By Chris Schrantz
Brian Schmidt of Umpqua Feather Merchants said he depends on this fly a lot. 'œGorgeous pattern,' he said. 'œFantastic for light, two-handed rods. Great triggering tool when the usual suspects won'™t turn any strikes.'
HOOK: (front cut hook) TIEMCO 9395 (or most any straight eye streamer hook)
(rear hook) GAMAKATSU OCTOPUS
BODY: RABBIT ZONKER, FLASHABOU
COLLAR: RABBIT HAIR SPUN IN DUBBING LOOP
HEAD: RABBIT HAIR SPUN IN DUBBING LOOP AND TRIMMED
Double Down Leech
By Tim Pearson
'œLeech patterns are staples for steelhead anywhere,' says Brian Schmidt. 'œThis is a new version that has been very well received in the steelhead world.'
HOOK: (front) WADDINGTON SHANK
(rear) TIEMCO 2499SPBL
THREAD: BLACK 70 DENIER
BODY: HOLOGRAPHIC TINSEL
EYES: LEAD PRESENTATION EYE
HACKLE: MARABOU, ROUND RUBBER
WING: RABBIT ZONKER STRIP
HEAD: HOLOGRAPHIC TINSEL
CONNECTIONG WIRE: SPECTRA OR FIRELINE
Egg Sucking Leech
By Umpqua Feather Merchants
'œThis one,' says steelheader Brian Schmidt of Umpqua, 'œyou can'™t live without'¦anywhere. Any time. Bunny strips make this fly irresistible.'
HOOK: TIEMCO 5263
THREAD: BLACK 140 DENIER
BODY: BLACK CHENILLE
WING: BLACK RABBIT STRIP
COLLAR: ACCENT FLASH
HACKLE: BLACK STRUNG SADDLE
HEAD/EGG: FL ORANGE CHENILLE
By Matt Grajewski
'œIt'™s a sculpin imitation,' says Grajewski. 'œI fish this fly on a traditional down and across swing in Lake Michigan tributaries. I commonly use a Skagit head and various sink tips. It is most effective after the eggs from the fall spawning salmon run thin. This generally happens by November, and the swing bite will remain strong through February — weather dependent.'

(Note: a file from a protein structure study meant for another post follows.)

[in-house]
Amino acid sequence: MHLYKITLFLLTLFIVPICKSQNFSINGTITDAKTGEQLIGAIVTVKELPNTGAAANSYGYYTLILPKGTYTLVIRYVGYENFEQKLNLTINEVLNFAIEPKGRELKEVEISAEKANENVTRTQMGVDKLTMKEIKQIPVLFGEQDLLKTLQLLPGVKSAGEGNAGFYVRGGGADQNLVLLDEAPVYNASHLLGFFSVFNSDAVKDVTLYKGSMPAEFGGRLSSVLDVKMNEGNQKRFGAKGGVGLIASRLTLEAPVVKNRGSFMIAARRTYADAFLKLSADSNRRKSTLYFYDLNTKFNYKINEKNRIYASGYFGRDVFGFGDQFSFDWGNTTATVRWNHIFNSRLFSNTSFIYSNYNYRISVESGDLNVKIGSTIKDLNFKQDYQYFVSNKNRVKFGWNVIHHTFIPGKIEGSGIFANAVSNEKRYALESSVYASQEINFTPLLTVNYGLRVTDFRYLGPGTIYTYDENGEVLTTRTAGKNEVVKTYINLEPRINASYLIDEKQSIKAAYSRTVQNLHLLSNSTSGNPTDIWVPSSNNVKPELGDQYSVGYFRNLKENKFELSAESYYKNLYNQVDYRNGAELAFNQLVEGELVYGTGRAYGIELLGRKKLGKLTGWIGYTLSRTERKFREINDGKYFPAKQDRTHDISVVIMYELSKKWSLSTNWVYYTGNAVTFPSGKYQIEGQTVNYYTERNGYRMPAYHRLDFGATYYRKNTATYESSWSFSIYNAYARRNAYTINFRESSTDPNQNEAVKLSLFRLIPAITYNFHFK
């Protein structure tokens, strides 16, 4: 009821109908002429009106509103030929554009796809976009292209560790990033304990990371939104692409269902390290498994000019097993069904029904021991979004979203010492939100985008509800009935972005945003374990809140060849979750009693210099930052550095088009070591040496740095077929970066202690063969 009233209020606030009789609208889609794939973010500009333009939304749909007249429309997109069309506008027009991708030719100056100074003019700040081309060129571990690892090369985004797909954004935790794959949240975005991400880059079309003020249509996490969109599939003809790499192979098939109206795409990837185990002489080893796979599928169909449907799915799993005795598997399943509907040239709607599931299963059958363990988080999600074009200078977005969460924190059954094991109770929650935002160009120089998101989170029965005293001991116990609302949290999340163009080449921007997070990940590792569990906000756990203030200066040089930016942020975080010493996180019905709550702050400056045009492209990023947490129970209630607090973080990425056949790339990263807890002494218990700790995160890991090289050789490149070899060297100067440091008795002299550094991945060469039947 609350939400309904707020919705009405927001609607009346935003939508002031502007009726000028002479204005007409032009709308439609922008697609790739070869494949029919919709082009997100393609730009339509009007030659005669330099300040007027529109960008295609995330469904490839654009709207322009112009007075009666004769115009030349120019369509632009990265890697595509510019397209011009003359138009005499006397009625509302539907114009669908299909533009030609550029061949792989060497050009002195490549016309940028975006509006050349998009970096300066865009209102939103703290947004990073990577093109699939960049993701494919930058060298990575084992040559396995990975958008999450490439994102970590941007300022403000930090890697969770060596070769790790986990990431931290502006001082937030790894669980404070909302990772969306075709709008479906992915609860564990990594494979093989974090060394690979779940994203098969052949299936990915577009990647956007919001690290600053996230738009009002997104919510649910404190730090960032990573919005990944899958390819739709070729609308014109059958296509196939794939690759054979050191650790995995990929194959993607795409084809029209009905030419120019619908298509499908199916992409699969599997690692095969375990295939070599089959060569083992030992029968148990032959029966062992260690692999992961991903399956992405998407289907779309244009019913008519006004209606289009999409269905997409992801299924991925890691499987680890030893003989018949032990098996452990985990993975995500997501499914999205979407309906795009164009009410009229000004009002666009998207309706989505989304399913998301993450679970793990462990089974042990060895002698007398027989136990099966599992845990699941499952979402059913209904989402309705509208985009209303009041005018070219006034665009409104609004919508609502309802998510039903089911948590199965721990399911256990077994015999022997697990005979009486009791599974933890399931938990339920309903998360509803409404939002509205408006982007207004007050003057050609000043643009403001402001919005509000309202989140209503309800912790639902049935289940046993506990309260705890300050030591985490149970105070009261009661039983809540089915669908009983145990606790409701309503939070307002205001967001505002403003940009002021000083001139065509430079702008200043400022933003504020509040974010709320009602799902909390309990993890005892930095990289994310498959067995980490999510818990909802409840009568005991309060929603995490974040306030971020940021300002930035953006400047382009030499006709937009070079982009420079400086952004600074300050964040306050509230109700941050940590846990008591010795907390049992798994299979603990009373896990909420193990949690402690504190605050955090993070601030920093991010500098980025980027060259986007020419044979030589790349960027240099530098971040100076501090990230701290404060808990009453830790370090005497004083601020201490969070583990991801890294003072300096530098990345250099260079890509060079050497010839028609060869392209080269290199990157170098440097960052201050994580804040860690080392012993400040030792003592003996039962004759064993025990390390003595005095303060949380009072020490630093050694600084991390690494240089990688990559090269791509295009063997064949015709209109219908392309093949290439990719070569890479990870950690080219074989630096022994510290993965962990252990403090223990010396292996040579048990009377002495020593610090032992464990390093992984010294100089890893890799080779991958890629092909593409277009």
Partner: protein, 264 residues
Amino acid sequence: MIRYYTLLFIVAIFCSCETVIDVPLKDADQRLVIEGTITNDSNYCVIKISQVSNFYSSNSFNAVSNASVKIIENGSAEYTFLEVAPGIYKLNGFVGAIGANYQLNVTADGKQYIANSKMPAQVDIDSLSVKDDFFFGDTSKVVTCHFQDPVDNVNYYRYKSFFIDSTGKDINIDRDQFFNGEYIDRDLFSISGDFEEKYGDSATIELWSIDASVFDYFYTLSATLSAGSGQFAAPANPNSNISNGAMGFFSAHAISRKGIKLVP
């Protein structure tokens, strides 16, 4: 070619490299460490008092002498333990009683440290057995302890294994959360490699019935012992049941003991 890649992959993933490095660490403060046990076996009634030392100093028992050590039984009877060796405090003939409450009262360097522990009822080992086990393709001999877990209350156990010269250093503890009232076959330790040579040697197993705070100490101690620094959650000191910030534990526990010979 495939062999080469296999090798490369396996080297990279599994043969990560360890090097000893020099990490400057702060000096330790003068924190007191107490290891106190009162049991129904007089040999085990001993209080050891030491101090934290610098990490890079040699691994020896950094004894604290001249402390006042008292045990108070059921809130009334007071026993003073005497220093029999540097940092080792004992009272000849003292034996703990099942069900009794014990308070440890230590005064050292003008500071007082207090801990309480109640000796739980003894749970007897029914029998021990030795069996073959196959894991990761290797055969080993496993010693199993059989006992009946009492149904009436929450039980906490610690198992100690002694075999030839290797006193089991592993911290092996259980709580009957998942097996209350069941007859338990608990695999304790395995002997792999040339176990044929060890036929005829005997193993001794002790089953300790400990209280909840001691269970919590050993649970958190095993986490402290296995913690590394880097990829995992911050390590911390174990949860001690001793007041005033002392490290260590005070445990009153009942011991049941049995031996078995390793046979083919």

Shank: 35mm Waddington shank
Loop: 50lb braid
Hook: #2 Daiichi bait hook
Tail: 2-3 tan grizzly marabou feathers
Body: Golden olive estaz and copper polar chenille
Wing: tan grizzly marabou feather, copper flashabou, and bullfrog flashabou
Collar: Australian opossum
Head: Hare\'s ear ice dub
- Lash down the braided loop with attached hook.
- Tie 2-3 tan grizzly marabou feathers off the back of the shank, about the same length of the shank.
- Palmer forward golden olive estaz 3/4 the way up the shank.
- Palmer copper polar chenille over the top of the estaz.
- Tie in a tan grizzly marabou feather as a wing.
- Tie in copper flashabou.
- Tie in bullfrog flashabou.
- Tie down a clump of Australian opossum as a collar.
- Tie in a clump of Hare\'s ear ice dub and brush back.
By Jeff Hickman
Very well-known and respected pattern among Western steelhead anglers.
HOOK: (front) WADDINGTON SHANK
(rear) GAMAKATSU OCTUOPUS
THREAD: 140 DENIER
CONNECTING WIRE: FIRELINE
BODY: TRILOBAL CHENILLE SZ SMALL
TAG: ULTRA CHENILLE CHARTREUSE
HACKLE: STRUNG SADDLE
COLLAR: ICE WING, FLASHABOU HOLOGRAPHIC, GUINEA FEATHER
Green Butted Skunk
Tied by Dan Callahan
Well-known, all-time classic.
HOOK: TIEMCO 7999